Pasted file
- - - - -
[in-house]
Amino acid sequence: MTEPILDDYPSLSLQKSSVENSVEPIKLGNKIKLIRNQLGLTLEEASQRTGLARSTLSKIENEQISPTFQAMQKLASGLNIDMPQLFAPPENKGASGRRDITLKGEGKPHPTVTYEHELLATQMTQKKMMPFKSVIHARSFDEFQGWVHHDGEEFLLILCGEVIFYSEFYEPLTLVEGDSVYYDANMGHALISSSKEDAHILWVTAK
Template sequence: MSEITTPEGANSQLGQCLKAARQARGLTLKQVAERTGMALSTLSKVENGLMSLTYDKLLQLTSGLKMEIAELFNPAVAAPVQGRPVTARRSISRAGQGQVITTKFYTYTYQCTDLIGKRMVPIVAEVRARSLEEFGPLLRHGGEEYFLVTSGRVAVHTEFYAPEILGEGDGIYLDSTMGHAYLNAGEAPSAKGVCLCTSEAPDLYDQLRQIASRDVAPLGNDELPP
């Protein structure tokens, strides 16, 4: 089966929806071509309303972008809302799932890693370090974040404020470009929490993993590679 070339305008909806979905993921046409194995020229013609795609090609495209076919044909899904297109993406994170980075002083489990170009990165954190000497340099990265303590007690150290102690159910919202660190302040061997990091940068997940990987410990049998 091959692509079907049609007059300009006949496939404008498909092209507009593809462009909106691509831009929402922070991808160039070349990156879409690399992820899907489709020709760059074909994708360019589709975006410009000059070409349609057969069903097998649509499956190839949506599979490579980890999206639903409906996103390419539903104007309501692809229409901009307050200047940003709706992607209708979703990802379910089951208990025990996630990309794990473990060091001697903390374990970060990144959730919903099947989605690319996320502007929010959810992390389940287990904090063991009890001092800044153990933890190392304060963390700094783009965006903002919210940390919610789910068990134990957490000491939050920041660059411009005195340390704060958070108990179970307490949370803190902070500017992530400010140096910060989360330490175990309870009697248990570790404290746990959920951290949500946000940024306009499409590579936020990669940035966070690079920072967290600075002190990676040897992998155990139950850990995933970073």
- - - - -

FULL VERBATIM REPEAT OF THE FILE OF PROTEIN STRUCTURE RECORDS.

[in-house]
Amino acid sequence: MTEPILDDYPSLSLQKSSVENSVEPIKLGNKIKLIRNQLGLTLEEASQRTGLARSTLSKIENEQISPTFQAMQKLASGLNIDMPQLFAPPENKGASGRRDITLKGEGKPHPTVTYEHELLATQMTQKKMMPFKSVIHARSFDEFQGWVHHDGEEFLLILCGEVIFYSEFYEPLTLVEGDSVYYDANMGHALISSSKEDAHILWVTAK
Template sequence: MSEITTPEGANSQLGQCLKAARQARGLTLKQVAERTGMALSTLSKVENGLMSLTYDKLLQLTSGLKMEIAELFNPAVAAPVQGRPVTARRSISRAGQGQVITTKFYTYTYQCTDLIGKRMVPIVAEVRARSLEEFGPLLRHGGEEYFLVTSGRVAVHTEFYAPEILGEGDGIYLDSTMGHAYLNAGEAPSAKGVCLCTSEAPDLYDQLRQIASRDVAPLGNDELPP
């Protein structure tokens, strides 16, 4: 089966929806071509309303972008809302799932890693370090974040404020470009929490993993590679 070339305008909806979905993921046409194995020229013609795609090609495209076919044909899904297109993406994170980075002083489990170009990165954190000497340099990265303590007690150290102690159910919202660190302040061997990091940068997940990987410990049998 091959692509079907049609007059300009006949496939404008498909092209507009593809462009909106691509831009929402922070991808160039070349990156879409690399992820899907489709020709760059074909994708360019589709975006410009000059070409349609057969069903097998649509499956190839949506599979490579980890999206639903409906996103390419539903104007309501692809229409901009307050200047940003709706992607209708979703990802379910089951208990025990996630990309794990473990060091001697903390374990970060990144959730919903099947989605690319996320502007929010959810992390389940287990904090063991009890001092800044153990933890190392304060963390700094783009965006903002919210940390919610789910068990134990957490000491939050920041660059411009005195340390704060958070108990179970307490949370803190902070500017992530400010140096910060989360330490175990309870009697248990570790404290746990959920951290949500946000940024306009499409590579936020990669940035966070690079920072967290600075002190990676040897992998155990139950850990995933970073």